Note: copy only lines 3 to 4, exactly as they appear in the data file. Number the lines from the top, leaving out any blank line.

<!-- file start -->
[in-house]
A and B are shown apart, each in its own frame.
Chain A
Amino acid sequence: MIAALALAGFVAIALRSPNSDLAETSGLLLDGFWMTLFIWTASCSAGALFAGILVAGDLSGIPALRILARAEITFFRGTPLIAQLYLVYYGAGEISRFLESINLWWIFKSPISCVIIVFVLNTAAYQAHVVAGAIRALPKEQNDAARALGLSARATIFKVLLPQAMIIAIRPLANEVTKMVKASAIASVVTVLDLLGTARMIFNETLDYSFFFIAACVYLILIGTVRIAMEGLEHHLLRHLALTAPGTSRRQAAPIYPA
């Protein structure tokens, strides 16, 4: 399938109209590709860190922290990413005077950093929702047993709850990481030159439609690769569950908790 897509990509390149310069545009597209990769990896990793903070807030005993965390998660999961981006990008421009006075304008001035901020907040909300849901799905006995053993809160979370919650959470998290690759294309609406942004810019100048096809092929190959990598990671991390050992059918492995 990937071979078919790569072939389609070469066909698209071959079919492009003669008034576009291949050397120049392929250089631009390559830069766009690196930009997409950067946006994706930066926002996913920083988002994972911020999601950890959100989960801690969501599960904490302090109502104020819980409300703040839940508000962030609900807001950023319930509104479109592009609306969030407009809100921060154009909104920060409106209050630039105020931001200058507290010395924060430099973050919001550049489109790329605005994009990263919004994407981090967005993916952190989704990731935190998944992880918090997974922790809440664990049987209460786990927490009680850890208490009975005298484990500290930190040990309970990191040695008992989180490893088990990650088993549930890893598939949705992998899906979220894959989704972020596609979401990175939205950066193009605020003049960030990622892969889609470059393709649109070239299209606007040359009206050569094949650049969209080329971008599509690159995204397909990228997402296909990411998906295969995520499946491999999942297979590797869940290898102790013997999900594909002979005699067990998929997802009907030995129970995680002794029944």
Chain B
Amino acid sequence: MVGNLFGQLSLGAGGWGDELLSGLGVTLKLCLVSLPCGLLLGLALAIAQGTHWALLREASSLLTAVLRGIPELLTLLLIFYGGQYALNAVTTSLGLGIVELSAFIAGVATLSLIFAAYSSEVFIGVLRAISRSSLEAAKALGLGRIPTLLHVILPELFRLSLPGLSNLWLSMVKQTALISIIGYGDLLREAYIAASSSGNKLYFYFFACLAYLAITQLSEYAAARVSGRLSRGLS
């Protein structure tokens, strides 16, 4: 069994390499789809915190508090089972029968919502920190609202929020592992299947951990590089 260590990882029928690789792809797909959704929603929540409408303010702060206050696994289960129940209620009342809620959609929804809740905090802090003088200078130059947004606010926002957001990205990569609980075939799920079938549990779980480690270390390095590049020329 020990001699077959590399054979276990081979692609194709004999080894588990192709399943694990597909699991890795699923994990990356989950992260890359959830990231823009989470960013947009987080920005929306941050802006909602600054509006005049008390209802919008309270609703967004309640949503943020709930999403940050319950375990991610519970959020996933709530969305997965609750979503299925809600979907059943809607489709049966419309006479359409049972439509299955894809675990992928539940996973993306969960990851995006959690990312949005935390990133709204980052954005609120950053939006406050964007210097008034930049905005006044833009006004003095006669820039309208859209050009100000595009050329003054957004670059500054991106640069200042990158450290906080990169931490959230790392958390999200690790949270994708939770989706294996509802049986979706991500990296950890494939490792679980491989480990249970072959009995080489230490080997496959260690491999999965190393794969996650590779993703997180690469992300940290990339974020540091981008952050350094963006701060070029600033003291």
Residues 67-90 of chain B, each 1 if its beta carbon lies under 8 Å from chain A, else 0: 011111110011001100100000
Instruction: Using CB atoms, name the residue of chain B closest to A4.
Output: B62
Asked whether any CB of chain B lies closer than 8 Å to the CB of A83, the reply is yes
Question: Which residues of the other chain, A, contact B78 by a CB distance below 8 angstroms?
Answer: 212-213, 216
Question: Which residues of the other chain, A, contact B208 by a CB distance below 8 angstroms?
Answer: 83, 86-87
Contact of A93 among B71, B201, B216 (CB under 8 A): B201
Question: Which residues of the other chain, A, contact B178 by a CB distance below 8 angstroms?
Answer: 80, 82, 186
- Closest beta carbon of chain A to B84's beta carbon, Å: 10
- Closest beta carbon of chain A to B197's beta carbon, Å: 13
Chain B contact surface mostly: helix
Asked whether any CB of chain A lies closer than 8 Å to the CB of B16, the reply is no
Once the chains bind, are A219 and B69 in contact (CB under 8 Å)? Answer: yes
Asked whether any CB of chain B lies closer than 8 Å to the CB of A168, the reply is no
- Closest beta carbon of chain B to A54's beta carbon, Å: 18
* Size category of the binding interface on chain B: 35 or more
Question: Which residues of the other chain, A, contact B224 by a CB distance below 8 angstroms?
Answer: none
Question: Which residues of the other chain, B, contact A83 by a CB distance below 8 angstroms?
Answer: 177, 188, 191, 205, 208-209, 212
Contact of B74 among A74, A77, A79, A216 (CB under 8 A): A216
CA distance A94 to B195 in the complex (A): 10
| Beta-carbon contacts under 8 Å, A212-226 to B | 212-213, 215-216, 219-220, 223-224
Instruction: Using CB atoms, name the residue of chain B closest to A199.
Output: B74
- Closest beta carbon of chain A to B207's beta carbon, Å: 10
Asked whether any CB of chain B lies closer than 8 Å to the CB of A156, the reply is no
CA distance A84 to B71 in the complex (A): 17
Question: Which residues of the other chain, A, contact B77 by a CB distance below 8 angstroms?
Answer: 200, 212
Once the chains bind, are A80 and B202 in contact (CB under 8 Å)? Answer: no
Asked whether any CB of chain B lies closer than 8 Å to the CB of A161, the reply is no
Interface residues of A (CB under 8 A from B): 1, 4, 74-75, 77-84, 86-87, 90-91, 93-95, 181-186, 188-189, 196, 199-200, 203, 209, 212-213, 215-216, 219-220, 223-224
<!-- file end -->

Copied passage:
Chain A
Amino acid sequence: MIAALALAGFVAIALRSPNSDLAETSGLLLDGFWMTLFIWTASCSAGALFAGILVAGDLSGIPALRILARAEITFFRGTPLIAQLYLVYYGAGEISRFLESINLWWIFKSPISCVIIVFVLNTAAYQAHVVAGAIRALPKEQNDAARALGLSARATIFKVLLPQAMIIAIRPLANEVTKMVKASAIASVVTVLDLLGTARMIFNETLDYSFFFIAACVYLILIGTVRIAMEGLEHHLLRHLALTAPGTSRRQAAPIYPA